Prior to launching UrbanGeekz, I was a news correspondent for NBC’s African-American online news platform theGrio. I have also worked was a senior broadcast journalist for the BBC in London. I am an international writer whose work has been published on Ebony.com, the Daily Mail, London’s Evening Standard, and The Voice newspaper. For a number of years, I also served on the editorial advisory board for Cambridge Alumni Magazine (CAM), which is distributed to approximately 150,000 readers globally per edition.
What happens during a typical day at UrbanGeekz?
There’s never really a typical day, but I wear many hats, from overseeing the editorial vision of the website to weekly meetings with the marketing team. The company is based in Atlanta Tech Village, the largest technology startup incubator in the Southeast.
What are you currently working on?
I’m working on multiple projects but primarily securing exclusive interviews along with building the credibility and reputation of the brand.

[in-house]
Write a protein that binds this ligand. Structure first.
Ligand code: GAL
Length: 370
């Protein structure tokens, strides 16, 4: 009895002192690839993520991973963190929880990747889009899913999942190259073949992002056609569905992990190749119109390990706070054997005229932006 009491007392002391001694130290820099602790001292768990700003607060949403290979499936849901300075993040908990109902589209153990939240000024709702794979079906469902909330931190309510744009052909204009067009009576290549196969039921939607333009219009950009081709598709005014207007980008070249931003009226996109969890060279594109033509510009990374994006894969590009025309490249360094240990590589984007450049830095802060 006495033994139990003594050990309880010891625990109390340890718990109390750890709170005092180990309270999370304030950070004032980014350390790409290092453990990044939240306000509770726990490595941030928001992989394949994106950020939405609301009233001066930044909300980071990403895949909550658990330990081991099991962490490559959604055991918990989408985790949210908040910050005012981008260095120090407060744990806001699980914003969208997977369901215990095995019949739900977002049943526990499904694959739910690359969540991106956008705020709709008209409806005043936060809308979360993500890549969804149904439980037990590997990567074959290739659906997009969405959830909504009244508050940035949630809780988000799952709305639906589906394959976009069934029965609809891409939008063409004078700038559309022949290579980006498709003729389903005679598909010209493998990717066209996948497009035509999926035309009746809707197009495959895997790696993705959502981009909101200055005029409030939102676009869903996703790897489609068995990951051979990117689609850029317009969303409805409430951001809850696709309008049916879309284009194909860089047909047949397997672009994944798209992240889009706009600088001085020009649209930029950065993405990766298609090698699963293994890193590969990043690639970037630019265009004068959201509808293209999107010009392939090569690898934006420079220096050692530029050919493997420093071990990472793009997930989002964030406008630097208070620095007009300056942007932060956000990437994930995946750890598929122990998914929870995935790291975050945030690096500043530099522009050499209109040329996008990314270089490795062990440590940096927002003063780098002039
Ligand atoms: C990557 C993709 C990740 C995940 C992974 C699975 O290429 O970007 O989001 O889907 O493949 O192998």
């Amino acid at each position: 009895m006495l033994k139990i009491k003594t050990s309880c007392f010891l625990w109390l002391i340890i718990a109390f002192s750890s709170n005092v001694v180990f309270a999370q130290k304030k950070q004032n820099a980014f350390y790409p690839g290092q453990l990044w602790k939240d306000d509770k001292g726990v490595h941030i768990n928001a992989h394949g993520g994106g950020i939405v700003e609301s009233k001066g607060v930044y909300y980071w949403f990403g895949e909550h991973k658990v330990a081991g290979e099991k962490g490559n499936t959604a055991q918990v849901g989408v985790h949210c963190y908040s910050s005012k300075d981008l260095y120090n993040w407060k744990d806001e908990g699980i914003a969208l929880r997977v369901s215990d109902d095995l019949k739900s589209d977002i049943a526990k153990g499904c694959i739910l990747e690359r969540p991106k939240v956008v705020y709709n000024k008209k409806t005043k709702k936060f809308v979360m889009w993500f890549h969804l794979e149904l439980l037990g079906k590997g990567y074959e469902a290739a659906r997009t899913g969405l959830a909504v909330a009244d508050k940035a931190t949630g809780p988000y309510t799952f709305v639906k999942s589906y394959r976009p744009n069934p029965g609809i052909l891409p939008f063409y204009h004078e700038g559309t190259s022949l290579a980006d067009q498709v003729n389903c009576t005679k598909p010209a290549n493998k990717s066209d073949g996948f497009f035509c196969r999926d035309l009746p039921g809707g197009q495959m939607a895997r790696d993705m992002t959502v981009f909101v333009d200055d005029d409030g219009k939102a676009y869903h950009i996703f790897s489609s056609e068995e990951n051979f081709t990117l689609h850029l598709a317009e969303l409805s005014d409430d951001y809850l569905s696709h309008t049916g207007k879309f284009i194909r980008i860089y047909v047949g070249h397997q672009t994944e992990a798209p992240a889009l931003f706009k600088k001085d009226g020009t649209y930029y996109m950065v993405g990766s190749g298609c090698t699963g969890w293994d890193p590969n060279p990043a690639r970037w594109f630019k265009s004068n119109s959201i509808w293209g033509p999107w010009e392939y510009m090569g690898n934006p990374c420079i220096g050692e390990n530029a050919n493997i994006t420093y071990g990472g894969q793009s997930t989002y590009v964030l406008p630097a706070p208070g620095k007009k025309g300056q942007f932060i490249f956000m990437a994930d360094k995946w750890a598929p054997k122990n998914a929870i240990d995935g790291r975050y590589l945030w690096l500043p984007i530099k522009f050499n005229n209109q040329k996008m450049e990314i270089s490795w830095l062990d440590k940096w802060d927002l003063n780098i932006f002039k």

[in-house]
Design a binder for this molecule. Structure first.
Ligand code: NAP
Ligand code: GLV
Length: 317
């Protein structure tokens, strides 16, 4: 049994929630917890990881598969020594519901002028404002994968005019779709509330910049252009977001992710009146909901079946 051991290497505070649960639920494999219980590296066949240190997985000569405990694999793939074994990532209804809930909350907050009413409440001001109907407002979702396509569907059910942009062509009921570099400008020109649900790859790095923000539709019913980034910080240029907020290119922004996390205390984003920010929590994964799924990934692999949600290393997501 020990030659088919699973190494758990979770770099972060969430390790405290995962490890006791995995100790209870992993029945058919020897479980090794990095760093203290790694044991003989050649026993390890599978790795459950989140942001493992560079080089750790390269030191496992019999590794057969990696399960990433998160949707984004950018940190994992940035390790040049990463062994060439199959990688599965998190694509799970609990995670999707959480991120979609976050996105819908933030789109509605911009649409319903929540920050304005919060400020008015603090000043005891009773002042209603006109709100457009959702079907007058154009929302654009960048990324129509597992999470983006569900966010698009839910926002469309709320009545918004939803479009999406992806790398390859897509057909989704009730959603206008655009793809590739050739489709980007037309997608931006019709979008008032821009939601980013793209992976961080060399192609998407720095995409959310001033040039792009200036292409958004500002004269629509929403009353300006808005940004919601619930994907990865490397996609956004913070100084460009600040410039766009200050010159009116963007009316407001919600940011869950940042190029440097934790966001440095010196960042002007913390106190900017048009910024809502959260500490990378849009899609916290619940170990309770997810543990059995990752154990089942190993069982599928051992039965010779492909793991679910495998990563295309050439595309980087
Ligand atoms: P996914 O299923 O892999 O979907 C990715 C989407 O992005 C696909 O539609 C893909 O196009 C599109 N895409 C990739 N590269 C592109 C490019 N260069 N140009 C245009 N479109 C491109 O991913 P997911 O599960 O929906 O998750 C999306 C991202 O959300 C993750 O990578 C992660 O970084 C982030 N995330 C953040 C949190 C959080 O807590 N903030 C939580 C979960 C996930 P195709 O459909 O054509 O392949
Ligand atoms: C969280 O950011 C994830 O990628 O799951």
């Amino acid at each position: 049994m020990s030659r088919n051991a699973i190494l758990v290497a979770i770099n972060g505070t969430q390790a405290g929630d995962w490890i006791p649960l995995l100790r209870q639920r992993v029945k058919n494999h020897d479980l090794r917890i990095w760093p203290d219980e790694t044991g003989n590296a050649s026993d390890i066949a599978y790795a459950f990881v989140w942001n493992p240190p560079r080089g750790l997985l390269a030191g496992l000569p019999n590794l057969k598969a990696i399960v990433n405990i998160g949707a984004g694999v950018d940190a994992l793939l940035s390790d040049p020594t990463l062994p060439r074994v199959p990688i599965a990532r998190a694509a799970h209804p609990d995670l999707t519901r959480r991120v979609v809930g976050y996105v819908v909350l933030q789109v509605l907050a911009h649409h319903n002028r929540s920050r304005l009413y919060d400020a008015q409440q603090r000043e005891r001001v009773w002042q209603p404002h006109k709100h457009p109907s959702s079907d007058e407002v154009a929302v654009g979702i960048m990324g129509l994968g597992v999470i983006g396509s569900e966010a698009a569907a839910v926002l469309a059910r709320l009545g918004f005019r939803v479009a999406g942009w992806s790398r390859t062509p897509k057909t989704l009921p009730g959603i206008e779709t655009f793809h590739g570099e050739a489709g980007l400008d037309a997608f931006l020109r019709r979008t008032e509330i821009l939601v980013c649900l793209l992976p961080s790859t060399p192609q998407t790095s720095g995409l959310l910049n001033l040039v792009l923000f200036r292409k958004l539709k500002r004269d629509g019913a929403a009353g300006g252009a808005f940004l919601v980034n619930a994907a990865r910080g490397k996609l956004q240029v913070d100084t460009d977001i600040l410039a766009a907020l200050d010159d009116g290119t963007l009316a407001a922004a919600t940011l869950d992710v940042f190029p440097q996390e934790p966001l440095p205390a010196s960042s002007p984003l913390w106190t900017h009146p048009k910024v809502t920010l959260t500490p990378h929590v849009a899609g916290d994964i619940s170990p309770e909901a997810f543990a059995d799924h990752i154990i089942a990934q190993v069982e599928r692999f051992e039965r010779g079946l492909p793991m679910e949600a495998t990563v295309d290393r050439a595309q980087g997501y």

What do you love the most about running your own business?
It is empowering to take a ‘back of a napkin’ concept and then work towards turning an idea into a viable business. Launching an innovative startup has also given me the flexibility to set my own agenda and tap into my creativity. I also love the energy, intimacy, and collaborative process of working with a small-dedicated team that’s committed to the overall vision of the company.
What is the toughest part when it comes to running your own business?
The hardest part of running a startup is having big ideas without all the resources to activate your vision.
What has been your biggest achievement so far at UrbanGeekz?
The website is only nine months old and in a short time we have gained a lot of traction, including successful strategic partnerships with AT&T, Black Enterprise, and 20th Century Fox, among others. This month we partnered with a leading Los Angeles advertising agency for Intel’s latest diversity campaign. I’m also extremely proud of an article we wrote about a STEM-based teen reality TV show that went viral across social media platforms.